By Phil Haughton
Better Food founder and regular ORFC delegate, Phil Haughton, gives us a glimpse behind the retail frontlines in Bristol, where a shared philosophy between retailer and customer has led to a bonding experience during a time of crisis.
Only a few months ago we were asked over and over again, are you planning for a no deal Brexit? My answer was NO. We are the last traders in the food chain and we have little ability to influence anything, and we are not in the business of stocking up or panic buying. However we did keep in close touch with many suppliers to check how it might affect them. Wine importers, or non seasonal fresh produce for starters. We took the view that we would simply do our best to get all we could to serve our customers, knowing that because part of what we do is work hard for local markets, our dependence on importers, while still relatively high, is a lot less than the big supermarkets. The local food networks are a lot more resilient and agile than global trade systems. Many of us had a sense that we would fare better in a no deal Brexit world than mainstream food systems.
Now six weeks [or more] into lockdown and some of the potential threats from a no deal Brexit have arrived through the door of COVID-19. Our short supply chains, local producers, local manufacturers, local distributors have all played a key part in our business model for decades, and have stood us in good stead and served our customers shopping needs with a lot less shortages than the empty supermarket shelves would suggest.
At our first COVID-19 meeting, the staff teams were clear our mission is, “To be especially generous and thoughtful when looking after our customers, community and teams.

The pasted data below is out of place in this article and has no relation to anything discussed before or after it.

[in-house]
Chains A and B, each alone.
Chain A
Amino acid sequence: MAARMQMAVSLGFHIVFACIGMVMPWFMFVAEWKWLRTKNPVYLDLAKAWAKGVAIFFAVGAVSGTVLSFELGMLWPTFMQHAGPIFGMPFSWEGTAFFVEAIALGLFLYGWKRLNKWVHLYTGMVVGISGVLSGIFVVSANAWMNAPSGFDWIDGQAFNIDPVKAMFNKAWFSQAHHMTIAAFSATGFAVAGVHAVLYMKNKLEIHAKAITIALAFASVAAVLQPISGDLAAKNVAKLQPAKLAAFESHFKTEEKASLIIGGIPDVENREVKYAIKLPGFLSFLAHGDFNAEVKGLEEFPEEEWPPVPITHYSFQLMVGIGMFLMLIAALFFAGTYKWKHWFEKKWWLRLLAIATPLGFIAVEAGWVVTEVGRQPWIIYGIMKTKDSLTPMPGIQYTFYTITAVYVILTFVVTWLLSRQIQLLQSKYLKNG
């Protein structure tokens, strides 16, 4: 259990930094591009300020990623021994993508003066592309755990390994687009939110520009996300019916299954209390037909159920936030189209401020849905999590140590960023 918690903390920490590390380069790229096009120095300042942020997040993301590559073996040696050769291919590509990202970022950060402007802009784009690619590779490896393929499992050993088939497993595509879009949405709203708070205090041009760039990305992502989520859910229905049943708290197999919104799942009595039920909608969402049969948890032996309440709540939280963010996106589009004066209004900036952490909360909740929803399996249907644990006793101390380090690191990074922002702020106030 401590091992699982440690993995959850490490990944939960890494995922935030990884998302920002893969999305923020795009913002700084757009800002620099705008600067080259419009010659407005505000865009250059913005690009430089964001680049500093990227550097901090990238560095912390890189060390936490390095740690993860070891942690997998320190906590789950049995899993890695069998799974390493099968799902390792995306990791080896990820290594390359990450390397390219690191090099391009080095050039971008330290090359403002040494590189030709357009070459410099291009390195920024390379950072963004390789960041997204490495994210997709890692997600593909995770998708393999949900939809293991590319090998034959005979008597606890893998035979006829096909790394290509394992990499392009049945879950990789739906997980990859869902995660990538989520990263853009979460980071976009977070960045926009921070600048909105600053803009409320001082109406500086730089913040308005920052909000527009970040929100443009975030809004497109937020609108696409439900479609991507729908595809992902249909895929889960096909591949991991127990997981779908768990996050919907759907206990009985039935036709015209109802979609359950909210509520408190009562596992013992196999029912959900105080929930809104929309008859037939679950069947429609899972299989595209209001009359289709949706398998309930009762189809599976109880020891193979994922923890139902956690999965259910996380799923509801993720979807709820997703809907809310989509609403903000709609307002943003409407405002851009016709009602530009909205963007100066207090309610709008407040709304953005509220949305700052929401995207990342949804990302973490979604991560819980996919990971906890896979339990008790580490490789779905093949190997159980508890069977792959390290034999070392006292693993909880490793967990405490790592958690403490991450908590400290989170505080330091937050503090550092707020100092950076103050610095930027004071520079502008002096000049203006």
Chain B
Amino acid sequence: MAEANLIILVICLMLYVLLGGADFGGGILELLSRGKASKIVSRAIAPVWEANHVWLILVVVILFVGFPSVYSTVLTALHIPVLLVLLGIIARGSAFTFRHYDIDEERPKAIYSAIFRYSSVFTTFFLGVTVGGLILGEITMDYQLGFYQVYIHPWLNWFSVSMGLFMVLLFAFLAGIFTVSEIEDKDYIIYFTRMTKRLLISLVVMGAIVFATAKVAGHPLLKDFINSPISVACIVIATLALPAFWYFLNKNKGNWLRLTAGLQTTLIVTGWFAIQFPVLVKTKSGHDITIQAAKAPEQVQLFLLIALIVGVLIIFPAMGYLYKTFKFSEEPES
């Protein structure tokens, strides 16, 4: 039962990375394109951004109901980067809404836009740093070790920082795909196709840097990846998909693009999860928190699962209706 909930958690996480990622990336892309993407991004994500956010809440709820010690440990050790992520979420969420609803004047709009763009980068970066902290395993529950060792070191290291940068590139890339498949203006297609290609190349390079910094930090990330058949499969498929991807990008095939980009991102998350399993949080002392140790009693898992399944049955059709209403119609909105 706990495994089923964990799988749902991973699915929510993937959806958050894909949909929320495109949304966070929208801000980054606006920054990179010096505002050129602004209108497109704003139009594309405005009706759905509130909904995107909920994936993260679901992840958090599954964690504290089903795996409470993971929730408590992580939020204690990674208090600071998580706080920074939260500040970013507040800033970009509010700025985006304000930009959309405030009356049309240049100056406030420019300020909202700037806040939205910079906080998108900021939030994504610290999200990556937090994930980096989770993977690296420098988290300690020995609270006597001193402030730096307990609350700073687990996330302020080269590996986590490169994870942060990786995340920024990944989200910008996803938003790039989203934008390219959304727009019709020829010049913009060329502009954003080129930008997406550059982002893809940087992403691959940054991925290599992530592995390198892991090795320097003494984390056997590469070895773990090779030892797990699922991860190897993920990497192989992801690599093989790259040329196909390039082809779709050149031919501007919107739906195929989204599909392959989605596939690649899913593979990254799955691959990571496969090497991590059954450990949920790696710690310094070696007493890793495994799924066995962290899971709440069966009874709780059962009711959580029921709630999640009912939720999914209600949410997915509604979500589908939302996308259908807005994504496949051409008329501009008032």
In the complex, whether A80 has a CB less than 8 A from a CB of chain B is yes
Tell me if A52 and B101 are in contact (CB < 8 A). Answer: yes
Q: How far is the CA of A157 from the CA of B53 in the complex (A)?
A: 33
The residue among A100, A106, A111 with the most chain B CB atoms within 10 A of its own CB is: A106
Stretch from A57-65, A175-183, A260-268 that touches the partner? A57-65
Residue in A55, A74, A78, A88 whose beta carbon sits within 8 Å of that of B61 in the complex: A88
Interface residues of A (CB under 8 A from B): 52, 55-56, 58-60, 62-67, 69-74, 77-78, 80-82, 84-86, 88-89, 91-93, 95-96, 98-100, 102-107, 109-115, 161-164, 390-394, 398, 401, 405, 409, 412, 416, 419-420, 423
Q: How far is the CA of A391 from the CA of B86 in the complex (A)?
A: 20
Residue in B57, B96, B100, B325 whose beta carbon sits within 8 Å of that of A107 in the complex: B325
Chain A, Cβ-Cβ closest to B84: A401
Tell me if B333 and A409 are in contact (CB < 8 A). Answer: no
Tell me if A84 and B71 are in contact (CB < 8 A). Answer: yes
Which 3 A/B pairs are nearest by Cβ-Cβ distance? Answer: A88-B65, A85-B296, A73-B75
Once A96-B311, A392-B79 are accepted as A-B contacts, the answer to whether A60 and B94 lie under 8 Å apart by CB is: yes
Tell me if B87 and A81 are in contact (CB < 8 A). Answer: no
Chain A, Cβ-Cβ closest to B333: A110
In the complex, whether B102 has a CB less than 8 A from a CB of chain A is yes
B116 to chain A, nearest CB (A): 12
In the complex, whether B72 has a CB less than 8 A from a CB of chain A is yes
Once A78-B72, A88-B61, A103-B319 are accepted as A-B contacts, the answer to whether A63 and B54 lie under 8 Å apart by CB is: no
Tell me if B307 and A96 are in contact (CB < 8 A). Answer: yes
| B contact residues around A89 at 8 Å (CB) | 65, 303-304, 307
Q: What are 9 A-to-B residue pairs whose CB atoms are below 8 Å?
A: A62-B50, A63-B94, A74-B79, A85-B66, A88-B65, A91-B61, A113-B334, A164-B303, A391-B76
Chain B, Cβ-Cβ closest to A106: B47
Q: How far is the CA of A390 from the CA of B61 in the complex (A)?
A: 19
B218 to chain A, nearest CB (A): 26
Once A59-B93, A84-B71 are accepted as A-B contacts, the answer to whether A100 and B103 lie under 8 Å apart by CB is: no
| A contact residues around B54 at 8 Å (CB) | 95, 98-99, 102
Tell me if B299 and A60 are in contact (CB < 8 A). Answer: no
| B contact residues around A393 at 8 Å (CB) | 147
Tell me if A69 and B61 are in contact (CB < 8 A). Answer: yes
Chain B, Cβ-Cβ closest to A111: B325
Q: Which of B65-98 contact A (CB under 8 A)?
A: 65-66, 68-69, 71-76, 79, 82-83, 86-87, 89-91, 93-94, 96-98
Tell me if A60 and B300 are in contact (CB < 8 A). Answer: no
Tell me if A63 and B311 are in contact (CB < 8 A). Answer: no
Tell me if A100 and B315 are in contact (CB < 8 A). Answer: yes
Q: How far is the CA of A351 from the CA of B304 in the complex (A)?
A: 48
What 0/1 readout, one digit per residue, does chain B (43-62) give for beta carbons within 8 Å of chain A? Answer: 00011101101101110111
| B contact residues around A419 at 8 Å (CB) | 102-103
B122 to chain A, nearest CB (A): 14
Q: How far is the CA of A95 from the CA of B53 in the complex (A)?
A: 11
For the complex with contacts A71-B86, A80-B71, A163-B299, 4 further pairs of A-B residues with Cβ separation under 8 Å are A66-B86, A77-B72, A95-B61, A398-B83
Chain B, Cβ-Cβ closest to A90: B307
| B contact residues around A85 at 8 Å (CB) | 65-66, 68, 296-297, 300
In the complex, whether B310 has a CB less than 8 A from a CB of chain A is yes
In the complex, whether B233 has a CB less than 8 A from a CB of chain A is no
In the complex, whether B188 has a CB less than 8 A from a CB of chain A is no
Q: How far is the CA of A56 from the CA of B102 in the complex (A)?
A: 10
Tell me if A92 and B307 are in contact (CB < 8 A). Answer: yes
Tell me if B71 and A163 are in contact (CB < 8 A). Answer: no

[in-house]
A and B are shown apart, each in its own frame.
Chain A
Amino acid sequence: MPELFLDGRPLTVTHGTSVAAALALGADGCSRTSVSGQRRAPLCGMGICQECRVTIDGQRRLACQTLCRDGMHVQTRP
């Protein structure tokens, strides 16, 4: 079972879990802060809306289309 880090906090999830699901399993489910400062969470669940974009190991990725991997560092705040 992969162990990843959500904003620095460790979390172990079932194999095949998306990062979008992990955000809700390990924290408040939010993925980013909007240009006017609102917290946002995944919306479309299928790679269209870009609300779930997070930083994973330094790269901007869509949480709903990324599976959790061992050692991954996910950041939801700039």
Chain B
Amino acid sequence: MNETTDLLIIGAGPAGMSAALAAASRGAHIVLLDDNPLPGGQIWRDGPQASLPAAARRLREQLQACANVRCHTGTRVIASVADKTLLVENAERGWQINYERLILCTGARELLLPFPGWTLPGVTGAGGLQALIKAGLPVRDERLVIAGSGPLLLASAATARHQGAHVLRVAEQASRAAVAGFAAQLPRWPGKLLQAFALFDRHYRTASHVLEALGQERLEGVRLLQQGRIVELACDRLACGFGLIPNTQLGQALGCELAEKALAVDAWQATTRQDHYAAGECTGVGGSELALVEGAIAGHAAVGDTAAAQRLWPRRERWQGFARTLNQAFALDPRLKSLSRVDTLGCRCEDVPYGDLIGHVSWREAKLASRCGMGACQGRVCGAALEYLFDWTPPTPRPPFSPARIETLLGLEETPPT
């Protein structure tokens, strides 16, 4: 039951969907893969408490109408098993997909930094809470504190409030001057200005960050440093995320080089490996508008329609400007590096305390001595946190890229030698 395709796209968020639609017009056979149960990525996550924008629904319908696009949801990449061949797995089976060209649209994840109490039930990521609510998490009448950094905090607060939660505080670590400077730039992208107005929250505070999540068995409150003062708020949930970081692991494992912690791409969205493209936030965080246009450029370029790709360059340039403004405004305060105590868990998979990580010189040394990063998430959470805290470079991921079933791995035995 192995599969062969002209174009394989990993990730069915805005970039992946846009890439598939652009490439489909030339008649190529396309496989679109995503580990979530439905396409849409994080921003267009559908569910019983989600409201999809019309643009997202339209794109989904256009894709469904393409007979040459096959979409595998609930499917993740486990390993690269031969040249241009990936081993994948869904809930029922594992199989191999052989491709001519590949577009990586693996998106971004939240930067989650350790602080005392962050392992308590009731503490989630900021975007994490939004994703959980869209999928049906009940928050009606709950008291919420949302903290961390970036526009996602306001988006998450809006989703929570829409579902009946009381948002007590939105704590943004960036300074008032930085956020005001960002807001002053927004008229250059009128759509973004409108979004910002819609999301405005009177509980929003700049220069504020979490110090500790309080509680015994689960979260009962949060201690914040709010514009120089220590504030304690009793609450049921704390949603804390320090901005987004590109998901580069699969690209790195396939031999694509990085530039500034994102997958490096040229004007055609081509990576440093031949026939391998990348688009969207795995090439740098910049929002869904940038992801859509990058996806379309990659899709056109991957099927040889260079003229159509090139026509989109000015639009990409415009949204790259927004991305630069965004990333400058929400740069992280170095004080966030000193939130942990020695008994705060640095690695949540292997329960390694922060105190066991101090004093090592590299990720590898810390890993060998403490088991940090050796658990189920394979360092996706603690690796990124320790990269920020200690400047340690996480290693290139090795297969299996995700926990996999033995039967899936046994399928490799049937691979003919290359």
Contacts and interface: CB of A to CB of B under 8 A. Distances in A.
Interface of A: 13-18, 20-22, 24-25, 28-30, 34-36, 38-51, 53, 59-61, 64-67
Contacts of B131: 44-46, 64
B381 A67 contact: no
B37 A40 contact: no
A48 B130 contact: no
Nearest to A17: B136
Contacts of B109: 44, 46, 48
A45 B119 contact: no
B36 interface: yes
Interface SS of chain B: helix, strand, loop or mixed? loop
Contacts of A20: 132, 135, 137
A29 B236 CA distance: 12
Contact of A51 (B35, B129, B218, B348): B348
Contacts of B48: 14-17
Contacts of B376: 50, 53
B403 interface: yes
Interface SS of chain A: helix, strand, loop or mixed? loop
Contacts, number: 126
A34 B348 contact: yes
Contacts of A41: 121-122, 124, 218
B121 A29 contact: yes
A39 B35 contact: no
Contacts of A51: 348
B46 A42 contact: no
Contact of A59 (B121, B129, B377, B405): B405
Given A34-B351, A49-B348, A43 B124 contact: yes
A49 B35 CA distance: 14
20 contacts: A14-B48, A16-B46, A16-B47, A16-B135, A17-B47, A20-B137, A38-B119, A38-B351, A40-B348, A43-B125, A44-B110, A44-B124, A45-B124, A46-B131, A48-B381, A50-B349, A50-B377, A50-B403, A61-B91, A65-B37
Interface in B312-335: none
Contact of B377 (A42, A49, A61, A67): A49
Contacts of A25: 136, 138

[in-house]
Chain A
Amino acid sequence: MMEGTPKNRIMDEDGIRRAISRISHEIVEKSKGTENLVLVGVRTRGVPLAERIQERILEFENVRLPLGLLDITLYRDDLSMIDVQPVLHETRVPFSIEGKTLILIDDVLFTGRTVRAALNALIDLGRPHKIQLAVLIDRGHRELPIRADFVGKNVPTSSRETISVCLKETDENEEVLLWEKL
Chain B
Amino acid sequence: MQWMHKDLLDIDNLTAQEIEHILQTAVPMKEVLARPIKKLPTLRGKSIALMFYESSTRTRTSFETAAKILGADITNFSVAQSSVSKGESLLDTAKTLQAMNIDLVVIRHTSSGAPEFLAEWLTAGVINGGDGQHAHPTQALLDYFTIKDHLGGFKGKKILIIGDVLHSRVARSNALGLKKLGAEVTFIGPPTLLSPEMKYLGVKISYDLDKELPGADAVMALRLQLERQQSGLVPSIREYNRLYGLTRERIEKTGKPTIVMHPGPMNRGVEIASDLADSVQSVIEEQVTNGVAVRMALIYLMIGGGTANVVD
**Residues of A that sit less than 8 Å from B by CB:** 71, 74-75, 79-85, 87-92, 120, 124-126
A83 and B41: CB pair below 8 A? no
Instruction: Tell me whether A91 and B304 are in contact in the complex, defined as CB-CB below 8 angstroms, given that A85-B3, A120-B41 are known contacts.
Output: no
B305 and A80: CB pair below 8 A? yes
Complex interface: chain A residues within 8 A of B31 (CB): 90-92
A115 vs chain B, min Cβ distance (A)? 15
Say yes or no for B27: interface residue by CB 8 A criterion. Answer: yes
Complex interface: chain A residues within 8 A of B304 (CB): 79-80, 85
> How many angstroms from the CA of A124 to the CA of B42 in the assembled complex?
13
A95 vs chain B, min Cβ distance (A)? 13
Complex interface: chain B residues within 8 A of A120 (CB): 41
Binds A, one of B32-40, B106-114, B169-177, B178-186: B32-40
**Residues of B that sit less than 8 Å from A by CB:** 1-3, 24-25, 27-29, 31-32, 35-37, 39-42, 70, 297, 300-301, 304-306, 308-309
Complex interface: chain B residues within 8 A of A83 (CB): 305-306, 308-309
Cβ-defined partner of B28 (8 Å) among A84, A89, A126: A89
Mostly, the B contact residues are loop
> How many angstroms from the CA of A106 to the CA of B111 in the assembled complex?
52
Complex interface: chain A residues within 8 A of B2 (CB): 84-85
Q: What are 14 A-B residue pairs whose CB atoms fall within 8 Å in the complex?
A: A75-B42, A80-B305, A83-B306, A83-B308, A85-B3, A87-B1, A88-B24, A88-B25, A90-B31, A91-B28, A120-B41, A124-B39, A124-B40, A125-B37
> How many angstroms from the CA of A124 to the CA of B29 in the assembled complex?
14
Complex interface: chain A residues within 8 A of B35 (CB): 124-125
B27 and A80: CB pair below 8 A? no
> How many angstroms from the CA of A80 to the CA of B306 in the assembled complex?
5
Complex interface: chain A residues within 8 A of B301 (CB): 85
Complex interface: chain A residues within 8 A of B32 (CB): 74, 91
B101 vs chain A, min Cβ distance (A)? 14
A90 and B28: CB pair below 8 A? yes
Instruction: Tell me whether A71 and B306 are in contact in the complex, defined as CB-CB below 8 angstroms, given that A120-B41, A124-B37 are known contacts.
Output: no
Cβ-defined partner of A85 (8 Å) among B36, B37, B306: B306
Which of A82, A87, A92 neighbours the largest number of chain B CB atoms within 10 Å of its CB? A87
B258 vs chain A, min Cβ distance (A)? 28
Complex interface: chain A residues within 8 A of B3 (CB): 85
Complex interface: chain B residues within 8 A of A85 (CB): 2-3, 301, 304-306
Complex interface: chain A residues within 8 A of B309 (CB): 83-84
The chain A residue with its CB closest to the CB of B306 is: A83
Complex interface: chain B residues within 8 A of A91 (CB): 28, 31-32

Engaging in this way will deliver increased loyalty, reassurance and better outcomes for everyone.”
Our teams have since communicated daily with each other about what more we could do to look after each other and our customers. It was quickly clear we had a strong and agile team in all stores, and it is this that has been seen by thousands of customers each week.
The way our customers generally reacted to the threats of shortages of stock was a little more community spirited. They carried the same anxieties for their family’s wellbeing, but on the whole were understanding of the need to share for the good of all.
From the first days of COVID-19 we, like all food retail businesses, have been trading well above our normal figures. Despite all our cafes closing, we have been over sales predictions every week since. Our senior teams worked to redeploy café staff to our store retail and with over a third of the workforce off at one point, shielding, safeguarding, and the odd one or two with symptoms, we had to employ some temps to help out. Those that joined us got stuck in with the teams and were very grateful for work, when most of them had lost jobs.
There have been significant management challenges to cope with the changes we have made to stay open and maintain as much safety for all as possible, but we are just so grateful to be able to trade and be there for our communities.
It’s hard to overstate our admiration for so many small independent businesses in Bristol that had to close to trade but have got straight onto helping others. Making food to feed the many without. The Bristol Food Union has formed a collaboration in a time of crisis.
These are some of the heroes of our time. Better Food and our customers have been able to support some of these city initiatives and groups feeding people by offering food to deliver and/or to cook and deliver to those needing support.
Looking forward, I think there will be some grief when we are “back to normal” as has been and is so much more an expression of “being human” available to many right now. If the “normal” is to be a long, slow return, it offers us a chance to reflect on how we might like to fundamentally change how we organise ourselves in relation to work and nature connection.
All that said, I am also aware that we will move into a recession. All one can say is that the very same community spirit we have had in COVID-19 and the resilience of small localised food systems will be a great resource during a recession.
An awakening is happening right across our planet to see what we have and what we might lose. I feel Gaia is trying to show us a way out of our — what did we used to call it? — “Rat Race”. COVID-19 has offered us a step toward change. Let’s make that step as big as we possibly can for all our sakes.